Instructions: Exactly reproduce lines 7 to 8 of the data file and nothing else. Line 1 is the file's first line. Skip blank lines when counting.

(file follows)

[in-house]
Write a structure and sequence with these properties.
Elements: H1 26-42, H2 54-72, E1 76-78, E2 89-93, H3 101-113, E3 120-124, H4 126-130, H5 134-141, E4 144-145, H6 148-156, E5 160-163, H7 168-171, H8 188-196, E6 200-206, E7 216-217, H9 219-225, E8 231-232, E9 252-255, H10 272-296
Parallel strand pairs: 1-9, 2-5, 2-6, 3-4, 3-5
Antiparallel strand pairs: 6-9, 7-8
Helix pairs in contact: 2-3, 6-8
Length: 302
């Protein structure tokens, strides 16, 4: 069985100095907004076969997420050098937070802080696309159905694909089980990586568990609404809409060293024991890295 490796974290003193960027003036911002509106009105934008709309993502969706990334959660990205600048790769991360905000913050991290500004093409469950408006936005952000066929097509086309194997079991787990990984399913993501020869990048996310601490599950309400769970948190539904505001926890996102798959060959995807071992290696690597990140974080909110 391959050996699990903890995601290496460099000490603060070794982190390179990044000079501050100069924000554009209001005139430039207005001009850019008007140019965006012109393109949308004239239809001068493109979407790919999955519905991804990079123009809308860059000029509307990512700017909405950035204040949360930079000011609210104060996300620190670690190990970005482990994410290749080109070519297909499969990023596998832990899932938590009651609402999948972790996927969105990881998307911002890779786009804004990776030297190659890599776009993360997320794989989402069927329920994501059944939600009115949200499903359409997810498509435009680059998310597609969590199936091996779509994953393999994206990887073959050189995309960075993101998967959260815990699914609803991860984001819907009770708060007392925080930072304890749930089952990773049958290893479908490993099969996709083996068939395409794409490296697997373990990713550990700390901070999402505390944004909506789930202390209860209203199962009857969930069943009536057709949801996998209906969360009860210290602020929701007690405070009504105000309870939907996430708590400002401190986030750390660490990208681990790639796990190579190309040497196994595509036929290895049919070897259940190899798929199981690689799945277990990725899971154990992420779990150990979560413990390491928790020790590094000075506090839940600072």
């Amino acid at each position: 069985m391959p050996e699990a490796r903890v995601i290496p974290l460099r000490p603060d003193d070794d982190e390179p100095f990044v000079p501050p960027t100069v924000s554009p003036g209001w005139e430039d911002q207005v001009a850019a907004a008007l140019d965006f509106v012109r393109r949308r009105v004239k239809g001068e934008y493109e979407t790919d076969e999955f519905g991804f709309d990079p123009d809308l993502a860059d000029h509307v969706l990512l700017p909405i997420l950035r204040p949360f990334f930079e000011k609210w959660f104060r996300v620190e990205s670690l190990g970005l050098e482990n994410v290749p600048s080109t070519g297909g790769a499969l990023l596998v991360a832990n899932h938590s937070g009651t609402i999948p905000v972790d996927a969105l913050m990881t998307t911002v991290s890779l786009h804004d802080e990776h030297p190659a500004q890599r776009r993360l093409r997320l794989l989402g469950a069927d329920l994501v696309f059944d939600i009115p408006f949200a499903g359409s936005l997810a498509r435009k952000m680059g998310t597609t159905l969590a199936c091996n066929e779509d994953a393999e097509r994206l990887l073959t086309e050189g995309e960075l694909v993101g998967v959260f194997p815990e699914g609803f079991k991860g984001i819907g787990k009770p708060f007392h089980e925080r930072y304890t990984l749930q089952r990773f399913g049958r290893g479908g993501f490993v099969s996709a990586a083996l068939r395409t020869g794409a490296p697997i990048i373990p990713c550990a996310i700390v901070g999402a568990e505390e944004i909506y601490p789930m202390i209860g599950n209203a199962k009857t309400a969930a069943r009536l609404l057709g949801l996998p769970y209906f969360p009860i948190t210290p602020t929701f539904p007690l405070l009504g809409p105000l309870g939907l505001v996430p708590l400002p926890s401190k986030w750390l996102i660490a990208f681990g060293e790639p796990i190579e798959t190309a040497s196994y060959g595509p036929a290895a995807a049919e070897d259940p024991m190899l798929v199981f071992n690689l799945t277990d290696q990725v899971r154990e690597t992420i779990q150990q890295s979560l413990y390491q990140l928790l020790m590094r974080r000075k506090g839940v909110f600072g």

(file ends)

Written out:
Length: 302
């Protein structure tokens, strides 16, 4: 069985100095907004076969997420050098937070802080696309159905694909089980990586568990609404809409060293024991890295 490796974290003193960027003036911002509106009105934008709309993502969706990334959660990205600048790769991360905000913050991290500004093409469950408006936005952000066929097509086309194997079991787990990984399913993501020869990048996310601490599950309400769970948190539904505001926890996102798959060959995807071992290696690597990140974080909110 391959050996699990903890995601290496460099000490603060070794982190390179990044000079501050100069924000554009209001005139430039207005001009850019008007140019965006012109393109949308004239239809001068493109979407790919999955519905991804990079123009809308860059000029509307990512700017909405950035204040949360930079000011609210104060996300620190670690190990970005482990994410290749080109070519297909499969990023596998832990899932938590009651609402999948972790996927969105990881998307911002890779786009804004990776030297190659890599776009993360997320794989989402069927329920994501059944939600009115949200499903359409997810498509435009680059998310597609969590199936091996779509994953393999994206990887073959050189995309960075993101998967959260815990699914609803991860984001819907009770708060007392925080930072304890749930089952990773049958290893479908490993099969996709083996068939395409794409490296697997373990990713550990700390901070999402505390944004909506789930202390209860209203199962009857969930069943009536057709949801996998209906969360009860210290602020929701007690405070009504105000309870939907996430708590400002401190986030750390660490990208681990790639796990190579190309040497196994595509036929290895049919070897259940190899798929199981690689799945277990990725899971154990992420779990150990979560413990390491928790020790590094000075506090839940600072």